The Macchiaioli, one of the most poetic movements of the second half of the nineteenth century, is very similar to the visual experiments of the Impressionist artists and contributed to the widespread influence of painting in that period.
They were a group of Italian painters, mainly from Tuscany but also from other parts of the country from Venice to Naples, who did much of their painting outdoors in order to capture natural light, shade, and colour.
The Macchiaioli believed that areas of light and shadow, or “macchie” (literally patches or spots) were the chief components of a work of art.
The most notable artists of this movement were Giuseppe Abbati, Cristiano Banti, Odoardo Borrani, Vincenzo Cabianca, Adriano Cecioni, Vito D’Ancona, Serafino De Tivoli,Giovanni Fattori, Raffaello Sernesi, Silvestro Lega and Telemaco Signorini.
In its early years the new movement was ridiculed. A hostile review published on November 3, 1862 in the journal Gazzetta del Popolo marks the first appearance in print of the term Macchiaioli. The term carried several connotations: it mockingly implied that the artists’ finished works were no more than sketches, and recalled the phrase “darsi alla macchia”, meaning, idiomatically, to hide in the bushes or scrubland. The artists did, in fact, paint much of their work in these wild areas. This sense of the name also identified the artists with outlaws, reflecting the traditionalists’ view that new school of artists was working outside the rules of art, according to the strict laws defining artistic expression at the time.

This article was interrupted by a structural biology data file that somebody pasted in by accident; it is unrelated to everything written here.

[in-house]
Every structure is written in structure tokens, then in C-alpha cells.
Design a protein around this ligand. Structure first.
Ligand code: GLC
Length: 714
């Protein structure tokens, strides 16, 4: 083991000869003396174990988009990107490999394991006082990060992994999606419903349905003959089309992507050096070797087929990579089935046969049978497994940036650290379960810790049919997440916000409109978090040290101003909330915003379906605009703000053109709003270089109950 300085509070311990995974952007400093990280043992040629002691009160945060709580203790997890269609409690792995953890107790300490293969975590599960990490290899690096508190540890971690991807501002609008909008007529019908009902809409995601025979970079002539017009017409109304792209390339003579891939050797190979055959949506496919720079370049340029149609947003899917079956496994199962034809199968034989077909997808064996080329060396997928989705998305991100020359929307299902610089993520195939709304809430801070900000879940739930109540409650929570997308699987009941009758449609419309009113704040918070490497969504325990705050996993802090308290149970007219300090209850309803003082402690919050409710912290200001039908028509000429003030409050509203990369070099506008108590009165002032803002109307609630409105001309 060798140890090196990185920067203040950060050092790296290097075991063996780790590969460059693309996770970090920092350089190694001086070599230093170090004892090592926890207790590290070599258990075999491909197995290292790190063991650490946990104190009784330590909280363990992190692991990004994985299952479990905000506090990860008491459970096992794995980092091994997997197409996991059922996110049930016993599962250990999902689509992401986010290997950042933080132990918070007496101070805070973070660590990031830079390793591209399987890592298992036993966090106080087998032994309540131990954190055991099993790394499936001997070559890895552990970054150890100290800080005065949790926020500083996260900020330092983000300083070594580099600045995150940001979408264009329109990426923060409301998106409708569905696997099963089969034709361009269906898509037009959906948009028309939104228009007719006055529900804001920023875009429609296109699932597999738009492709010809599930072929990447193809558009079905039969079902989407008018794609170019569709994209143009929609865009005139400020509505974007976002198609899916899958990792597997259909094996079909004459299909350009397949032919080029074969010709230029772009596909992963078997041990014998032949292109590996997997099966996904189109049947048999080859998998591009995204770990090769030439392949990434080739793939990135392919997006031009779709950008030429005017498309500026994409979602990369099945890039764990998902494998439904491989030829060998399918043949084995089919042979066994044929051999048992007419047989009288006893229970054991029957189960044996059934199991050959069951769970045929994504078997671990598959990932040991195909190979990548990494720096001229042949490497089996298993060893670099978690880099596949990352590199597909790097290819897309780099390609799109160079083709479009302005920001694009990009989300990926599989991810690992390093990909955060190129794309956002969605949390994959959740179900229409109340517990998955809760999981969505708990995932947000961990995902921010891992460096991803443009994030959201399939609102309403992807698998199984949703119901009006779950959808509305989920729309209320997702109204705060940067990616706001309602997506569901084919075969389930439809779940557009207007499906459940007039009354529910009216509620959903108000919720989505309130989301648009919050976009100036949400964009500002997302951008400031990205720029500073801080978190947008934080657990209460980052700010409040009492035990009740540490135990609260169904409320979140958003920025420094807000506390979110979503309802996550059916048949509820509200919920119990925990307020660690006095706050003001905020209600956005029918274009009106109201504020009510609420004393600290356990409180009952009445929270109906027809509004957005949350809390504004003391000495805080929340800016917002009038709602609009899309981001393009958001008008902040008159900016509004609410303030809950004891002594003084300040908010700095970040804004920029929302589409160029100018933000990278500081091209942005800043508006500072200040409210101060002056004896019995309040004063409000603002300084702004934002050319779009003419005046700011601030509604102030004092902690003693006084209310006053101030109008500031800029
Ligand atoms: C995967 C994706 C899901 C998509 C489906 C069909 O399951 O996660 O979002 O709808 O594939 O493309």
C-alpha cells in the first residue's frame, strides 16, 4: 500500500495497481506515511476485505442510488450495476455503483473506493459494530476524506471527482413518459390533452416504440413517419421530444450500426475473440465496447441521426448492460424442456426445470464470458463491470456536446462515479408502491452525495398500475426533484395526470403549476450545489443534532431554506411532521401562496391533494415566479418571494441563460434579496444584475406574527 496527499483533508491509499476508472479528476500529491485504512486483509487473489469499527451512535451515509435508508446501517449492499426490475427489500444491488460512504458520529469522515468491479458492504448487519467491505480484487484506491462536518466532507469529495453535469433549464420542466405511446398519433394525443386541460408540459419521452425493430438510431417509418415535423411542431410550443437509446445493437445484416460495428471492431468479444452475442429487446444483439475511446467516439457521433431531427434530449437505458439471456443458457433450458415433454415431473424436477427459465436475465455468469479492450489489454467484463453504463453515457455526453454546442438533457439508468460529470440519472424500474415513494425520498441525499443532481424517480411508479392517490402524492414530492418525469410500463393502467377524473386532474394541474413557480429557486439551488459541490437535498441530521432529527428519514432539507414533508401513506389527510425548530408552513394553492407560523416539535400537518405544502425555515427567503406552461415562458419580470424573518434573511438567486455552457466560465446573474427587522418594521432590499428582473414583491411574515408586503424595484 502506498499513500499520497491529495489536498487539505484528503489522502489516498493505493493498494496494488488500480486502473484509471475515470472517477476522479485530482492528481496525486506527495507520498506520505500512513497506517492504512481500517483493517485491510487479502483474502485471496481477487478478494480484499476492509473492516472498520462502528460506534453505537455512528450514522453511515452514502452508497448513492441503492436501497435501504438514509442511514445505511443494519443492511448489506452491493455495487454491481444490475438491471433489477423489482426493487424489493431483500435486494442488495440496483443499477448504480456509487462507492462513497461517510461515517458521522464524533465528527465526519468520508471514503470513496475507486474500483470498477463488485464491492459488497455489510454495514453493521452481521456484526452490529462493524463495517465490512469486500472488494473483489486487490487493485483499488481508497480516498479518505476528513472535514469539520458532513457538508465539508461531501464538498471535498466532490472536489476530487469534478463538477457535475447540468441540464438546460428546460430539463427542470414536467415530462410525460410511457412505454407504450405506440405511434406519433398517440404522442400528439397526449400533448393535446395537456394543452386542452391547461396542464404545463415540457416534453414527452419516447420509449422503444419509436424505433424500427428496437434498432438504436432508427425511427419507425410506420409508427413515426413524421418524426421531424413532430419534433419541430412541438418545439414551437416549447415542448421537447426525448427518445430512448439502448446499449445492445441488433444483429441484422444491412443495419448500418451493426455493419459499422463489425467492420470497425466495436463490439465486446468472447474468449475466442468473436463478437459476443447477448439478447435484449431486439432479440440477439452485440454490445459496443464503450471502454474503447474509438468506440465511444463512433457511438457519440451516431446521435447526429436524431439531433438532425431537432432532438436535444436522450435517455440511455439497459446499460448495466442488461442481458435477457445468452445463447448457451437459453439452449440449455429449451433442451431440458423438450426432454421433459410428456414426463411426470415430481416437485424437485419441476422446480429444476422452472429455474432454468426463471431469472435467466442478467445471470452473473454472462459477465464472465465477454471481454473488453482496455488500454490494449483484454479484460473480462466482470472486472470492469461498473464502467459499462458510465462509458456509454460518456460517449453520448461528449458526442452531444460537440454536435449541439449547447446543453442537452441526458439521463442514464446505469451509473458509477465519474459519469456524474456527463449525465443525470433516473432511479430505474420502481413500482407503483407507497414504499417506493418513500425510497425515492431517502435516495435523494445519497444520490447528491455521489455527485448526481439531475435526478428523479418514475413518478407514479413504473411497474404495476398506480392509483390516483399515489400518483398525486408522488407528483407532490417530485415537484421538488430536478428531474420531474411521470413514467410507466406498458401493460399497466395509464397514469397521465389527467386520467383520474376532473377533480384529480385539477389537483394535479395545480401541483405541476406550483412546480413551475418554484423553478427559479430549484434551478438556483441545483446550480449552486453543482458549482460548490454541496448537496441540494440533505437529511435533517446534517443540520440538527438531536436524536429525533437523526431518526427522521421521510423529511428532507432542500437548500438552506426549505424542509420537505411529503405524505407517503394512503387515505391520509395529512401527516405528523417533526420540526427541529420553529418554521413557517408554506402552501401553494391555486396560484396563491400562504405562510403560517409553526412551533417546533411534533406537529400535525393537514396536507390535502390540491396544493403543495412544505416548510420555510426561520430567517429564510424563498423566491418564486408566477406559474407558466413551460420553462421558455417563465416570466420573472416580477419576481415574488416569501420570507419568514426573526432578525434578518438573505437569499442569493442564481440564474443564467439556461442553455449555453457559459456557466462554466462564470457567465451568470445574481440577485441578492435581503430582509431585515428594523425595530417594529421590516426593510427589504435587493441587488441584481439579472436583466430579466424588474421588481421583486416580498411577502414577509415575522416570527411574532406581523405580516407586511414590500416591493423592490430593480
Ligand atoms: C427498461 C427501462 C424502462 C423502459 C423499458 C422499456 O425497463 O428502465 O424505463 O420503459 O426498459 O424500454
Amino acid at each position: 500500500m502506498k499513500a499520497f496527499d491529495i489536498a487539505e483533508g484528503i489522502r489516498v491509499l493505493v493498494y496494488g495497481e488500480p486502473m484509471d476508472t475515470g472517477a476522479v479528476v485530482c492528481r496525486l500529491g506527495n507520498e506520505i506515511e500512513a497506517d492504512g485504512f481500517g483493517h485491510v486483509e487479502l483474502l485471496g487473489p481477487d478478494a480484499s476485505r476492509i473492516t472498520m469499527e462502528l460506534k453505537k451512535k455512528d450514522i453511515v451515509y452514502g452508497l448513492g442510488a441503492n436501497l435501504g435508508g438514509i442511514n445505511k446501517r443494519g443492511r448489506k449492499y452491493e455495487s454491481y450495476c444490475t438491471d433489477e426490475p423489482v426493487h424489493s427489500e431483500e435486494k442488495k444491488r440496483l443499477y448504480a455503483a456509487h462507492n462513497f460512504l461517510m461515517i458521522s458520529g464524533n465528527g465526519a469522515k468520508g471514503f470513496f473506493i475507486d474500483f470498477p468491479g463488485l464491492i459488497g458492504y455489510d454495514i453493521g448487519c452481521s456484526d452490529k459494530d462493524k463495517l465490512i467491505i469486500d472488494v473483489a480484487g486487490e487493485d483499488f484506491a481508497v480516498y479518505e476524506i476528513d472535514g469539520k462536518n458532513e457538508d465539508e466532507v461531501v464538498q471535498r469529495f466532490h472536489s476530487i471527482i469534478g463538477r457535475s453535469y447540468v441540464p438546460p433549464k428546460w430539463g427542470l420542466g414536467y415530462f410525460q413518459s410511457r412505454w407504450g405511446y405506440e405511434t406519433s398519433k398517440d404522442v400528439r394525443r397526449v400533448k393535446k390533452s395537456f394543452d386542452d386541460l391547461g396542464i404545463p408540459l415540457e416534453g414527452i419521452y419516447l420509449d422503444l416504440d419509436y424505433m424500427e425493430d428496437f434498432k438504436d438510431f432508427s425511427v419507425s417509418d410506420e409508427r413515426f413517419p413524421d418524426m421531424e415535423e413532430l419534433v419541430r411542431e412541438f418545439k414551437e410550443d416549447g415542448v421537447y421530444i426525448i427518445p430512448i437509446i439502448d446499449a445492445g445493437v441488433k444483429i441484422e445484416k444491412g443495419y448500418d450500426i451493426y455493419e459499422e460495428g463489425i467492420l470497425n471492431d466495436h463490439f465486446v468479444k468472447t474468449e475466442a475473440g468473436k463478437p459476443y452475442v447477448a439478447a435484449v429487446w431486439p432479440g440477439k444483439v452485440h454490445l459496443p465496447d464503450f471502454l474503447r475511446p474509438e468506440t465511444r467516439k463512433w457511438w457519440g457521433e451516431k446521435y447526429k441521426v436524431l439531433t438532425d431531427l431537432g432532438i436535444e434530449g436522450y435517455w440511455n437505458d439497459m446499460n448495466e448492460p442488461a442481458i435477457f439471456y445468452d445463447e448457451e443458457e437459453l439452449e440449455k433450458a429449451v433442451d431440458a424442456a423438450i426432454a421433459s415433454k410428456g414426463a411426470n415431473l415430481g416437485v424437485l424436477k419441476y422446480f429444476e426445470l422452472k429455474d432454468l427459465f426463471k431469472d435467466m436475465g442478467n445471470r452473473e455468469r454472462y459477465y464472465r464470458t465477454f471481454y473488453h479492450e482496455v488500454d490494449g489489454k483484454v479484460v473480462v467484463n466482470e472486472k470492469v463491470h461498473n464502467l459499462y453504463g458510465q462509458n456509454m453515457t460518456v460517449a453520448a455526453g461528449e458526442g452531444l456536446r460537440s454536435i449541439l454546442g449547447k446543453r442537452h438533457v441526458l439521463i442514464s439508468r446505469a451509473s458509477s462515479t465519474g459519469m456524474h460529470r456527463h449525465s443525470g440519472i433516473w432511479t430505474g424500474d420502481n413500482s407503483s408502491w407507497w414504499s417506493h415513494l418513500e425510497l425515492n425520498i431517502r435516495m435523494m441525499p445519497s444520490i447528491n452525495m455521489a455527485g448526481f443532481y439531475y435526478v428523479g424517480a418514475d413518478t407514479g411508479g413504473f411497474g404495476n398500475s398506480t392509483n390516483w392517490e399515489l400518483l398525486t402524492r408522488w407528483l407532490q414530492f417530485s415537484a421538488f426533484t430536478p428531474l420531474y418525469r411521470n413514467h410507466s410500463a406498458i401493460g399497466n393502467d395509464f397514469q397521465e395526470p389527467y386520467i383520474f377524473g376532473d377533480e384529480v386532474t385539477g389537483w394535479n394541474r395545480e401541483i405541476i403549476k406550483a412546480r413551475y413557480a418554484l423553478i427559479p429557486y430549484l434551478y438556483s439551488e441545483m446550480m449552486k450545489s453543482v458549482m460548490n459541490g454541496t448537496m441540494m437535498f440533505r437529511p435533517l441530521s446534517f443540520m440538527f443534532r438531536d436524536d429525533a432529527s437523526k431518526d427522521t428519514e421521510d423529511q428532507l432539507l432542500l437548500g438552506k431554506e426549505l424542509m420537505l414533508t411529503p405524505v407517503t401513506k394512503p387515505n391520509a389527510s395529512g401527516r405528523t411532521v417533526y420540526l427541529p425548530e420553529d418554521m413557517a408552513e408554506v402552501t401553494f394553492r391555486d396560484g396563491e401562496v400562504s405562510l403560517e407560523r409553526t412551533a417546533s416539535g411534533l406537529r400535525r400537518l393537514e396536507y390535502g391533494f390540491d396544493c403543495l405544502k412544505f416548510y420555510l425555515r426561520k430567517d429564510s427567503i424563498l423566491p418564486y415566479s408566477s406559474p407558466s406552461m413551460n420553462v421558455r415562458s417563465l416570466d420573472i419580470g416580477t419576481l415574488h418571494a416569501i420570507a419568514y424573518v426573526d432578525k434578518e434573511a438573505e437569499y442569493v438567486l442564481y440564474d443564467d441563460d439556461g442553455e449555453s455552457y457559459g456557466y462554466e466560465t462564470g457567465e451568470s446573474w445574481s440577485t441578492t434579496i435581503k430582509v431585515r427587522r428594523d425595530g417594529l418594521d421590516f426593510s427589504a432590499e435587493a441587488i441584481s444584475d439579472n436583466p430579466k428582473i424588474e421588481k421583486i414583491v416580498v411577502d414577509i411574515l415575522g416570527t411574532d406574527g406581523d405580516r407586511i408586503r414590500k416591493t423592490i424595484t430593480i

The Macchiaioli are regarded as the initiators of modern Italian painting.
From 10 April till 22 July 2013 you can admire the exhibition “The Macchiaioli 1850-1874. Italian Impressionists?” in the Musée de l’Orangerie, in Paris.
The exhibition organized by the Musée d’Orsay will be also shown in Madrid, at the MAPFRE Foundation, from 20 September 2013 to 5 January 2014.
I had the pleasure of voicing part of the Italian audio guide for this interesting event in The Musée de l’Orangerie.
Sources: Musée d’Orsay, Musée de l’Orangerie and Wikipedia.
Featured image credits: Niccolò Cannicci – Le gramignaie al fiume
Attribution: By Nicola Quirico [CC BY-SA 4.0 (https://creativecommons.org/licenses/by-sa/4.0)], from Wikimedia Commons